“Encrypting data before it is disposed of is not enough to properly dispose of the data due to technology standards in the future being able to break the top encryption of today,” said Netflix DVD’s Sanders.

“We found out that when you destroy the key and release a volume in AWS, AWS will make that volume available to someone else to use and ultimately overwrite, which is fine, but they can’t guarantee when that volume might be overwritten,” said Wayfair’s Wilking. “In the weird case that the volume isn’t reused for several years, your encrypted data is still sitting on that volume. If that particular algorithm is cracked in that period of time, now your data, which was deemed ‘destroyed’ based on NIST standards, is susceptible to unauthorized exposure because the encryption has been broken.”

15: Who needs to/has rights to delete the data?

“The underlying asset we need to protect is always going to be the customer’s data,” noted Al Ghous, CISO, Envision Digital. “Cloud providers either need to provide the customer the ability to purge their data if they decide to leave the service, or have an intake process with an internal workflow to accomplish the same. In the former, the accountability lies with the customer, and in the latter the accountability lies with the cloud provider.”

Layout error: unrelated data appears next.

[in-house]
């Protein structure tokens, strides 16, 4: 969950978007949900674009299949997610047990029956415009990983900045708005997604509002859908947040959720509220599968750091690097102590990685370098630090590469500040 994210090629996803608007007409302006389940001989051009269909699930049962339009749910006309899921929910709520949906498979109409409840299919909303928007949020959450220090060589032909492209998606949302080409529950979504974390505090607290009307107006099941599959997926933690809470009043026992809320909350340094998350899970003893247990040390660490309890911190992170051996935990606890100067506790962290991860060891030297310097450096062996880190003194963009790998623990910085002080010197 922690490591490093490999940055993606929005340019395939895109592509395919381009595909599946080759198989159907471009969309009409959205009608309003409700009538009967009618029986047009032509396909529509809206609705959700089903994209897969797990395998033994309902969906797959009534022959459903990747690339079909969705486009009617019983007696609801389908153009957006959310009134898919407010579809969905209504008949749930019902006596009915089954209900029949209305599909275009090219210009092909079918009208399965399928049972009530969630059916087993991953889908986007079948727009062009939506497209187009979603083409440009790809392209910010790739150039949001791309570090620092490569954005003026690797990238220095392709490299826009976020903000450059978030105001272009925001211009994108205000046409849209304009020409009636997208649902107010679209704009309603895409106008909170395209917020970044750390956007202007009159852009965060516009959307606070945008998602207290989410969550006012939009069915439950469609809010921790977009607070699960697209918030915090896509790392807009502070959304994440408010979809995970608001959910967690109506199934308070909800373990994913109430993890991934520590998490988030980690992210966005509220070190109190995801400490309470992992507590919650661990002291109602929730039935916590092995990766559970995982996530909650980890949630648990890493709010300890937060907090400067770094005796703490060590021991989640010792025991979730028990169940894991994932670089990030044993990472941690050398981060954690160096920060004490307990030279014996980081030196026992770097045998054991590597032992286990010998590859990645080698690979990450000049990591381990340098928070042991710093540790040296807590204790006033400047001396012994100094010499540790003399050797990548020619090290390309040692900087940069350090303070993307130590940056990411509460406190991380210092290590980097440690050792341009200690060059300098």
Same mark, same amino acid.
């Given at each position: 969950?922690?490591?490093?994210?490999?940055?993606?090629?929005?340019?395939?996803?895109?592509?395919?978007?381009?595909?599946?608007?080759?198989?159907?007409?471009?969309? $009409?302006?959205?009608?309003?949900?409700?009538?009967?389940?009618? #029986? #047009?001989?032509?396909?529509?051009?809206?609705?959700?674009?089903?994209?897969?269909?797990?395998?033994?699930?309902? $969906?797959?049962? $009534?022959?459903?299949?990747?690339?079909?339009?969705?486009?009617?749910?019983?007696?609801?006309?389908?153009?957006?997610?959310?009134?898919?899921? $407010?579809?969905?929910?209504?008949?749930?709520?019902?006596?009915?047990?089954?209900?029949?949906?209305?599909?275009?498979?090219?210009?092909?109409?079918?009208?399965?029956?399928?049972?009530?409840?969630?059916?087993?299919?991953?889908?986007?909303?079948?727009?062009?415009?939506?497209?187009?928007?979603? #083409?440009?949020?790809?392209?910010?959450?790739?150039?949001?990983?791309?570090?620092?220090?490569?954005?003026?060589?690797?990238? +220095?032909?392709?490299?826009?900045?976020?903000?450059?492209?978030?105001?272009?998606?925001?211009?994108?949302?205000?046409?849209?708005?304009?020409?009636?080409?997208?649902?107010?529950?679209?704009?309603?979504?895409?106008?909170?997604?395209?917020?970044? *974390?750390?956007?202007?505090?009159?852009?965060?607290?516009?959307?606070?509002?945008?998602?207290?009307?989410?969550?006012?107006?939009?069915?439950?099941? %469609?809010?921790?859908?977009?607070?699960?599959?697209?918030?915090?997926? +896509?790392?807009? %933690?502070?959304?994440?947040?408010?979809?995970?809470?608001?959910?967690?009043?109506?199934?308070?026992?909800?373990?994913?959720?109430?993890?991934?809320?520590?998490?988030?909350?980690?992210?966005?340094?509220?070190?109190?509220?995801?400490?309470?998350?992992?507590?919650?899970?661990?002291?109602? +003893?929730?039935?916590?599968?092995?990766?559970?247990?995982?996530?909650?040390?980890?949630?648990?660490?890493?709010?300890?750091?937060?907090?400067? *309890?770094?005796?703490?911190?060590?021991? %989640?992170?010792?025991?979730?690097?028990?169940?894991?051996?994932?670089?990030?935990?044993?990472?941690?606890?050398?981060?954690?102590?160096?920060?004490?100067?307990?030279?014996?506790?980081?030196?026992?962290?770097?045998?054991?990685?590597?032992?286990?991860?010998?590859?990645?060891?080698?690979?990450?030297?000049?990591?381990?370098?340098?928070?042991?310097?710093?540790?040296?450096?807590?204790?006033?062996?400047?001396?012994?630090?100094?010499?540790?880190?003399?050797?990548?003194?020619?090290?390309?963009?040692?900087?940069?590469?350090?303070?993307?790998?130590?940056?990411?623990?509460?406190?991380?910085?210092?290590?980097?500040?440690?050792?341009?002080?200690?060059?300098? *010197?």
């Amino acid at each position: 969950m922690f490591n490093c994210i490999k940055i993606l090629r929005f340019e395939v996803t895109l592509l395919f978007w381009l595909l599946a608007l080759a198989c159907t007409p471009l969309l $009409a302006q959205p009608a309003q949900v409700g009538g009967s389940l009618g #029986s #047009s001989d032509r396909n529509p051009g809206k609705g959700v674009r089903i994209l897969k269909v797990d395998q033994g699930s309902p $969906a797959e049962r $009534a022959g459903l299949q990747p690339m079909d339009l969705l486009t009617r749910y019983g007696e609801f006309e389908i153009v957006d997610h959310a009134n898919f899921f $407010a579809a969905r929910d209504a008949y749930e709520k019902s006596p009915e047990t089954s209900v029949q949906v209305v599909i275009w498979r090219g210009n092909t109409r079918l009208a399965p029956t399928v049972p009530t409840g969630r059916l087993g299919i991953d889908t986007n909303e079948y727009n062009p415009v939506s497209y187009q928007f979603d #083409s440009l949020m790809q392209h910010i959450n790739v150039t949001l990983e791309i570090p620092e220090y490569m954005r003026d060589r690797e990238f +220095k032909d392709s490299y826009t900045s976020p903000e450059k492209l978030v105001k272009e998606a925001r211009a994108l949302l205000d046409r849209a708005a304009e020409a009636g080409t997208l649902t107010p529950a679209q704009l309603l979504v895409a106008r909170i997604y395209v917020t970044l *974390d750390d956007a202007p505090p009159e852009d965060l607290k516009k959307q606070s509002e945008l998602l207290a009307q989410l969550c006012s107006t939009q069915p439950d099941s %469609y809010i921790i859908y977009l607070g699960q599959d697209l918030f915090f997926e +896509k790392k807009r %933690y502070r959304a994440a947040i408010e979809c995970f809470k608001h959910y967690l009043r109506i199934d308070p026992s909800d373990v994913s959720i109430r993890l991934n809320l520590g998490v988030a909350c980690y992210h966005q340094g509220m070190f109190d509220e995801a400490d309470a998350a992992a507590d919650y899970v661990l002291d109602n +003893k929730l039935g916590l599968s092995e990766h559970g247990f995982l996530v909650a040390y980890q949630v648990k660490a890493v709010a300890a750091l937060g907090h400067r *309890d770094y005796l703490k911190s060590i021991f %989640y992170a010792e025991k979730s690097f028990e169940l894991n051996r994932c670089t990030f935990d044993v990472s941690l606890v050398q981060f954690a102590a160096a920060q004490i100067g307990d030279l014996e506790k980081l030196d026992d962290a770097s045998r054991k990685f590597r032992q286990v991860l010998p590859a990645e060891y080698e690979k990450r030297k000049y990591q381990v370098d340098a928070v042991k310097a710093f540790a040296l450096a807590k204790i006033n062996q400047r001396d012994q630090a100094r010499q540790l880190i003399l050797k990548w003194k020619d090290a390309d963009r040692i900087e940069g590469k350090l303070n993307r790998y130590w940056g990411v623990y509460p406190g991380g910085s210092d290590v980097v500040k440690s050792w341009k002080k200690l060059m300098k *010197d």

16: Data destruction in depth

“Destruction at the digital/data layer is far more important than the physical for most organizations,” said Justin Berman (@justinmberman), former CISO, Dropbox.

Given that it’s always about the data, consider all the other protections you can put around data destruction should one of the levels fail. For example, one level could be encryption.

“If it’s encrypted then you have some level of assurance that even if your disposal processes fail, your data is still protected,” said Tomas Maldonado (@tomas_mald), CISO, NFL.

Again, that’s just one level.

“Even if a hard drive is encrypted, the data it stores may not be,” said ArchitectSecurity.org’s Wright. “It’s important to delete and overwrite (as many times as deemed necessary) any data that was stored on the media before physically shredding it.”

17: Donation balances risk aversion with community support

“If you are donating [equipment with hard drives] then the question is how paranoid are you and your company,” asked Softbank Investment Advisers’ Hayslip.

“From a security perspective, it’s always easier to scrap and recycle. But that may not support the business’ philanthropy objectives,” said Patton, formerly of The Ohio State University.

Get your paranoia in check, advised Cerner Corporation’s Liebert, “If it is ‘good enough for the government’ it is definitely good enough for you. The US government has resold/reused their used computer equipment for years with (relatively) few issues.”